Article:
Morin: Purcell actually ended up changing his mind about which system of units should be used in the book. In a letter addressed to McGraw Hill and preserved in the Harvard University Archives, dated April 1990, he wrote, "If I do make a third edition it will use only SI units. The intention shocks some of my most respected colleagues, who look on the book as one of the bastions of CGS. But I think a realistic projection calls for that change."
Independent of one's views on the different systems of units, the fact is that MKS units have won, at least in introductory courses. So the book could either fade away in CGS units or live on in MKS units. An easy call. But I should note that CGS units still make an appearance in the third edition; I included a number of appendices that discuss the differences between the two systems of units, including 10 pages where every important formula is given in both MKS and CGS units.
PT: What other notable changes were made, and what impact do you think they will have in the E&M classroom?
Morin: The other main change to the book is the addition of many solved problems. Although reading a book's text is obviously necessary for getting the basics down, the real understanding comes when a student struggles through solving a problem. I don't know if the hundreds of new problems will have much of an impact in the classroom; but I do hope that they will have a significant impact on how students learn on their own or in groups outside the classroom, which is after all where most of the learning takes place.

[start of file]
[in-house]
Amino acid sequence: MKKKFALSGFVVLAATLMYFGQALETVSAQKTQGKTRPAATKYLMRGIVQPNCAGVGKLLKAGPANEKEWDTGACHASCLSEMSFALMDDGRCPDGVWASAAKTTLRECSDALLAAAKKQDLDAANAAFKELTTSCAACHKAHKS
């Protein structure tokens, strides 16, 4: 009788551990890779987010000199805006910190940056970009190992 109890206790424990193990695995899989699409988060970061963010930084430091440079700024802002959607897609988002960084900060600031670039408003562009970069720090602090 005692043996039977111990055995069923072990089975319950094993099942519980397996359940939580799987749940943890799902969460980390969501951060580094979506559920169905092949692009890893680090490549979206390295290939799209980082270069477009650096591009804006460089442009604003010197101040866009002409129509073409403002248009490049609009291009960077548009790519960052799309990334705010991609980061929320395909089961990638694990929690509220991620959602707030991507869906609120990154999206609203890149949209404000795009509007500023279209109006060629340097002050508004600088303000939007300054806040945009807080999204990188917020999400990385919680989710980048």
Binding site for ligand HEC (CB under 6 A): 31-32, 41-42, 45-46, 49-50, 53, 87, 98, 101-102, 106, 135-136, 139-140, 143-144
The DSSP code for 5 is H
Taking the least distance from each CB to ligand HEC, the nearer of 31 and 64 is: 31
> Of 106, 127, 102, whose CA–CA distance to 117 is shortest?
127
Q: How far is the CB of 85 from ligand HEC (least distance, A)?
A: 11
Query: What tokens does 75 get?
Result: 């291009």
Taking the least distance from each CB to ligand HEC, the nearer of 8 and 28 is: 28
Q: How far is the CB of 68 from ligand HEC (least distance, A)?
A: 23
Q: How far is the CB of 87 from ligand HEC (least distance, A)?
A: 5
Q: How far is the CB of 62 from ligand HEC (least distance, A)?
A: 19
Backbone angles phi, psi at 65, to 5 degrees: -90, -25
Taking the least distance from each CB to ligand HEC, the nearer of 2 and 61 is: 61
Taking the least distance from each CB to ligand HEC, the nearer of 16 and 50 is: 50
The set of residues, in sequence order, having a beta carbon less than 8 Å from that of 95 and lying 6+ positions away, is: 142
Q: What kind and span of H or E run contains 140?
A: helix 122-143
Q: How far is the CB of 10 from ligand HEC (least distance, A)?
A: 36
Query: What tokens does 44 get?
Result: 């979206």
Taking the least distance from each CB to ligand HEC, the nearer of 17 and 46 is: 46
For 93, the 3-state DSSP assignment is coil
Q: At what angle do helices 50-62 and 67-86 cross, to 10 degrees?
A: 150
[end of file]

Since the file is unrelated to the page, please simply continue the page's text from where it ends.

PT: Given your knowledge of and experience in teaching and writing textbooks, and considering such criteria as advances in physics research, the financial burdens on students, and the digitization of textbooks, how often do you think physics textbooks should be updated?
Morin: Good question. There are so many factors to consider, I don't think it's possible to give a concise answer here—even if I happened to know what the answer was. But personally, after spending such an intense and seemingly endless time polishing up a book for publication, I couldn't stomach the thought of mixing it all up after only a few years. Ten years seems like a more reasonable time scale, at least for me, given that introductory E&M is an established field. My guess is that a three- or five-year cycle happens mainly with "big production" books, where there is a large team from the publisher working on the book, in addition to the authors.
PT: What new book or teaching projects are you working on?
Morin: I have a number of half-finished books sitting on my computer. The next one will be a problem book on freshman mechanics, written for both college and high school students. Then comes a fun little book on probability, and then a textbook on waves. And who knows, maybe a book of physics limericks.
PT: What books are you reading at the moment?
Morin: Bill Bryson's Neither Here Nor There (William Morrow and Co, 1992), for some light reading. It's been said, quite correctly, that Bryson makes writing look far too easy. I'm also reading Steve Simon's The Oxford Solid State Basics (Oxford University Press, 2013). I became more interested in the subject after thinking about the real-world applications I added at the end of each chapter of Electricity and Magnetism.